Wave risk assessed worldwide
Researchers have mapped out the risk of wave damage in a changing climate.
Researchers led by Griffith University conducted a comprehensive assessment of existing, community-driven, multi-method global wave climate projections.
Wave climate is the nature of wave characteristics and how they occur naturally in the ocean, and how they are distributed in time and space around the world. The three main parameters used to describe wave climate are height, length and direction.
Under a high-emission scenario, Griffith’s team demonstrated widespread ocean regions with robust changes in annual mean significant wave height and mean wave period of 5 to 15 per cent and shifts in mean wave direction of 5 to 15 degrees.
The study has found that there is agreement among wave climate projections for approximately 50 per cent of the world’s coastline, with around 40 per cent revealing significant changes in at least two variables.
Furthermore, they found that uncertainty in current projections is dominated by climate model-driven uncertainty, and that single-method modelling studies are unable to capture around 50 per cent of the total associated uncertainty.
“While we identified some differences between different studies, we found that if the 2℃ Paris Agreement target is kept, signals of wave climate change are unlikely to exceed the magnitude of natural climate variability,” Environmental Engineer Joao Morim said.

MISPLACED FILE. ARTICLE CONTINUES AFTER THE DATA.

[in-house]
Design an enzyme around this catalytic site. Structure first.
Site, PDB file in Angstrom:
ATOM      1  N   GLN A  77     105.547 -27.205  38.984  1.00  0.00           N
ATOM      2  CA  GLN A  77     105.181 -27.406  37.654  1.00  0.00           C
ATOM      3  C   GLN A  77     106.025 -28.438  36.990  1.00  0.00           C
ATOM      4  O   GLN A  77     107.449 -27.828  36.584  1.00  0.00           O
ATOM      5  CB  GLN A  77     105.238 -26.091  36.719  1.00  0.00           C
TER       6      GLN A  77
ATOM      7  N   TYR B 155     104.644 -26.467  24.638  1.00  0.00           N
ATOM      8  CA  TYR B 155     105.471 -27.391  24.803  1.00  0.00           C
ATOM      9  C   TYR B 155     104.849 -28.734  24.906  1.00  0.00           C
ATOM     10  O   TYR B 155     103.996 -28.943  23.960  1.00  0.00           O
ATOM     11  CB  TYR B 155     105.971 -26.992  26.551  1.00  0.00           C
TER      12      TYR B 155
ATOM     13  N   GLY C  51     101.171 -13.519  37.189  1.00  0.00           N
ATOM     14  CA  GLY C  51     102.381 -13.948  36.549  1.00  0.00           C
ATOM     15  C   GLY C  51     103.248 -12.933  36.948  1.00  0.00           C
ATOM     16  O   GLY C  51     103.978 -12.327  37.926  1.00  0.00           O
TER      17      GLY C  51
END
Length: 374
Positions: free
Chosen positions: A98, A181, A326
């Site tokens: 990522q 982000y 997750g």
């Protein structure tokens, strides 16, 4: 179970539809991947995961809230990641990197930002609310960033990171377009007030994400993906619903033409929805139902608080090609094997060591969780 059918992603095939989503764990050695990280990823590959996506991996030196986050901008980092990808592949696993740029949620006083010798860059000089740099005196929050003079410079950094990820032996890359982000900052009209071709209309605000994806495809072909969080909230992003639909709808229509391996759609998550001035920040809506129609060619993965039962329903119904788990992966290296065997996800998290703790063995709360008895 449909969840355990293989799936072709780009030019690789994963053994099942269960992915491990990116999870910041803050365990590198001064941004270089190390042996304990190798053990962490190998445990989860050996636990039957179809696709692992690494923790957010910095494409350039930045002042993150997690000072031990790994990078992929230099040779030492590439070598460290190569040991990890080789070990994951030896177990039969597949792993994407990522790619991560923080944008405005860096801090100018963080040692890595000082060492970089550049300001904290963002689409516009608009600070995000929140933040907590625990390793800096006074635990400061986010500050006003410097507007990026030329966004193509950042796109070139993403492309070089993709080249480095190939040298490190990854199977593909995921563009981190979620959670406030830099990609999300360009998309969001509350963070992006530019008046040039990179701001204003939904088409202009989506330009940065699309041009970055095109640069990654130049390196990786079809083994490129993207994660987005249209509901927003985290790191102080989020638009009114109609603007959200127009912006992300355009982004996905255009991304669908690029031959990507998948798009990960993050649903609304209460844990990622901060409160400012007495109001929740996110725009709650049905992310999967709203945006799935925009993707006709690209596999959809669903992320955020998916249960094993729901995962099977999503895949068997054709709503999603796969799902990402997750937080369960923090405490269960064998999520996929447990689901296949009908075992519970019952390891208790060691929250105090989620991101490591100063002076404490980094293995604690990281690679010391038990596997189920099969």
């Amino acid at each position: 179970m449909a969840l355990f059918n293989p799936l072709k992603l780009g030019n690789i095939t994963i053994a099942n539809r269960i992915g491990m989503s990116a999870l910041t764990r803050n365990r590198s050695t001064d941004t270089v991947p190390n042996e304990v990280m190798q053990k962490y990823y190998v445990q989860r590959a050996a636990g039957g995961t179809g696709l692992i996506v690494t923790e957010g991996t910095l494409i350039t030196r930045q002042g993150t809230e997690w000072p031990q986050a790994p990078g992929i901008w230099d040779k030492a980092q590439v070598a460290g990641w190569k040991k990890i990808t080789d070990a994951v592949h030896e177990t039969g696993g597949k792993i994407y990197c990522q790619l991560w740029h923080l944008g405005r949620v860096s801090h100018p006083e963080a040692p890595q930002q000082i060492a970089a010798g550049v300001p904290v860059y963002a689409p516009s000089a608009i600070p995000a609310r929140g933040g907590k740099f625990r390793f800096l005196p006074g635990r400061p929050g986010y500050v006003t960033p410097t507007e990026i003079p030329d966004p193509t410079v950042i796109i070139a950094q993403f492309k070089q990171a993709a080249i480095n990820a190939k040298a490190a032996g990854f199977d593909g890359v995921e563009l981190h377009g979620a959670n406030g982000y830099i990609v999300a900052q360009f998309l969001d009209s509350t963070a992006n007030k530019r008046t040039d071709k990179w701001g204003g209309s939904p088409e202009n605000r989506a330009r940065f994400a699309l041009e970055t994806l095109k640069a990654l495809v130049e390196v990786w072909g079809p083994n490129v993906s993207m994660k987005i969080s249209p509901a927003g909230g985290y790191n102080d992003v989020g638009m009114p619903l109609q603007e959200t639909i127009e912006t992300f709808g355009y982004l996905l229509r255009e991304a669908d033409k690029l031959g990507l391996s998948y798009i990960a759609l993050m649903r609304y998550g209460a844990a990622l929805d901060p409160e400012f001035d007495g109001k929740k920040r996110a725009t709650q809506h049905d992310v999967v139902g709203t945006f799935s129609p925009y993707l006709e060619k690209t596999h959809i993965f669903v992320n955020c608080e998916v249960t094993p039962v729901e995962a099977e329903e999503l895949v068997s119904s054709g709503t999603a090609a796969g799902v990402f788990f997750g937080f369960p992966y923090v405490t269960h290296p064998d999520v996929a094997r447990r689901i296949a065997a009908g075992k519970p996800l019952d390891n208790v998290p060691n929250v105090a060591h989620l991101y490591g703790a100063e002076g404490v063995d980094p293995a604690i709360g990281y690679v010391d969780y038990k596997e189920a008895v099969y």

“However, under a business-as-usual future climate scenario, we found agreement in the projected future changes in wave heights, lengths and/or directions along 50 per cent of the world’s coasts.
“These changes varied by region, with regional differences in increase/decrease in wave height and length of up to 10 and 5 per cent respectively, and rotation of wave direction of up to 17 degrees.”
The authors also found key areas of global coastline are at risk of future increasing wave heights, including the southern coasts of Australia, and segments of the Pacific coast of South and Central America.
Regions where wave heights remain unchanged, but wave lengths or periods show projected increase will experience increased forces exerted on the coast or associated infrastructure.
One way this might be felt is via waves running further up a beach, increasing wave-driven flooding.
Similarly, waves travelling from a slightly altered direction in projected climate scenarios (suggested to occur over 20 per cent of global coasts) can alter longshore transport of sediment along a coast.